Armchair Iran experts, mostly sitting in the United States or in Europe, will dissect the election results ad nauseam over the next few days. Already there are those — some who either claimed the elections didn’t matter or that conservatives would continue to dominate — who insist that Iran hasn’t changed or that, more importantly for us in the West, its foreign policy won’t change. But it’s hard to argue that Iran hasn’t changed since the last round of washing. In 2013, Secretary of State John Kerry and President Barack Obama, despite what the Republican candidates this year will tell you, would hardly have been successful in making a nuclear deal if it hadn’t. And in 2016, Iranians stood in long lines, sat down and handwrote the names of candidates on ballots because they believed that it would make a difference in their lives.

There are many things that haven’t changed in Iran, as some observers will rightly point out. And not just because so many Reformists were disqualified from running for office this time, resulting in a strategic decision by the leadership to back anyone not in the hardest of hard-line camp rather than call for a boycott of the vote, an act that would simply deliver victory to those on the radical right. There also remains, for now, a stultifying security atmosphere in Iran, a judiciary often at odds with the administrative branch, and social and political freedoms many voters hoped for in 2013 that have not yet materialized.

If some Western observers hope that Reformists (still not a majority in the government) — even those too liberal to even qualify to run for election, those under house arrest or those languishing in prison — are looking to normalize relations with Israel, drop support of Hezbollah or the Palestinians, and join the Western bloc in demanding that Bashar al-Assad must go from Syria, then they are delusional. If they believe that Iranians on the whole wish for those things, they are perhaps also delusional. Yes, Iranians want change. They want a betterment of their lives, they want peace with their neighbors, they want radical extremists such as the Islamic State to be defeated, they want to be part of the world community, they want to be respected, they want technology (especially a fast Internet), they want jobs and they want their kids to be more successful than they are. What they don’t want is to be told that their vote doesn’t count, or that it doesn’t matter.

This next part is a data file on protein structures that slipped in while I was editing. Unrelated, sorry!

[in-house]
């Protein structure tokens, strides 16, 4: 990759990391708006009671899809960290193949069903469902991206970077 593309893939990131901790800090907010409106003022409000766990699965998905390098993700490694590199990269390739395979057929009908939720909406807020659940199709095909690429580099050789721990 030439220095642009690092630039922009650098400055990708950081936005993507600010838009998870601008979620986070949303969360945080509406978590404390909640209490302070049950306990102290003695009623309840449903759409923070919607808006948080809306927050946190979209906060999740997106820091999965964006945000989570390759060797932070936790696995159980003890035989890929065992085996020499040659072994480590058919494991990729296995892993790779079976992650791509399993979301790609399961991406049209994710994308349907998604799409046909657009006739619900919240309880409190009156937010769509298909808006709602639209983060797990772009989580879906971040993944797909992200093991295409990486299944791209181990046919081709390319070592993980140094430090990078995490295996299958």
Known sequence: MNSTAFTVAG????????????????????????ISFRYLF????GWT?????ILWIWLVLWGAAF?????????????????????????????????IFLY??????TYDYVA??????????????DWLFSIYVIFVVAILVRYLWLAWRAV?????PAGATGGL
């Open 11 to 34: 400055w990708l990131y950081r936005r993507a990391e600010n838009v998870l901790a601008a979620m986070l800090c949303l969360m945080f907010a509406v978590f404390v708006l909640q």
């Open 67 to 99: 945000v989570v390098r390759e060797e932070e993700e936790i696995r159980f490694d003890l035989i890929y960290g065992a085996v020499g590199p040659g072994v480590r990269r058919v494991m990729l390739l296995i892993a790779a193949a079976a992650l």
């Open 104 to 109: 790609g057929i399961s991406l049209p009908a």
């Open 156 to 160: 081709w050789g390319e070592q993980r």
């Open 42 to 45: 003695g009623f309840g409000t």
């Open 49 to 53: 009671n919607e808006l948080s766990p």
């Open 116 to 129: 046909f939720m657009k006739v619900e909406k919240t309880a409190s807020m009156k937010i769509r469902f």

Hooman Majd is an Iranian-American author and journalist. He is also a contributor to NBC News.

Women win big in Iran’s parliamentary elections

By Narges Bajoghli, Al-Monitor, ‘Iran Pulse’, Feb 29, 2016

The number of women in Iran’s next parliament is set to double compared to the incumbent parliament.

Supporter of winning Iran parliamentary candidate Parvaneh Salahshouri holds electoral leaflets during a campaign event in Tehran on Feb 18, 2016 (Raheb Homavandi, Reuters)

Supporter of winning Iran parliamentary candidate Parvaneh Salahshouri holds electoral leaflets during a campaign event in Tehran on Feb 18, 2016 (Raheb Homavandi, Reuters)

The Islamic Republic’s 10th parliamentary elections have yielded a significant victory not only for Reformists but also for women pushing for change in Iranian society. While the final nationwide results are not expected until March 1; early numbers show twice the number of female members as in the previous parliament. Though ballots from many districts are still uncounted, it is clear that the number of women will reach at least 22. Thus far, 15 women have won seats in Parliament, and 14 of them are Reformists. These include all eight women on the Reformist-moderate “List of Hope” in Tehran, where the results are set to be finalized on Feb. 29.

“This election is significant because it represents the first time women’s rights activists from across the political spectrum inside and outside Iran came together to push for more women to run and fill seats in the [parliament],” Fatemeh Haghighatjoo, a parliament member who famously stood up to hard-liners, said in an interview with Al-Monitor. Living in exile in Boston today after resigning in protest in 2004, Haghighatjoo, herself among the youngest lawmakers when she was elected in 2000. She said, “The young generation in Iran is the biggest segment of society, and it is important to have women sitting in parliament to bring their issues to the fore.”

The youngest new parliament member is a 30-year old Reformist from Tehran. Seyedeh Fatemeh Hosseini, a PhD candidate in finance at the University of Tehran, ran on a platform of advancing the voices of her generation and advocating their issues to decision-makers. Crucially, in a campaign speech to students at her alma mater, Amir Kabir University, Hosseini spoke about the securitized atmosphere on university campuses since the suppression of the 2009 Green Movement, saying, “Students want a safe university space, not a securitized one. I fully believe what President [Hassan] Rouhani says: ‘The best place to criticize power is in the university.’”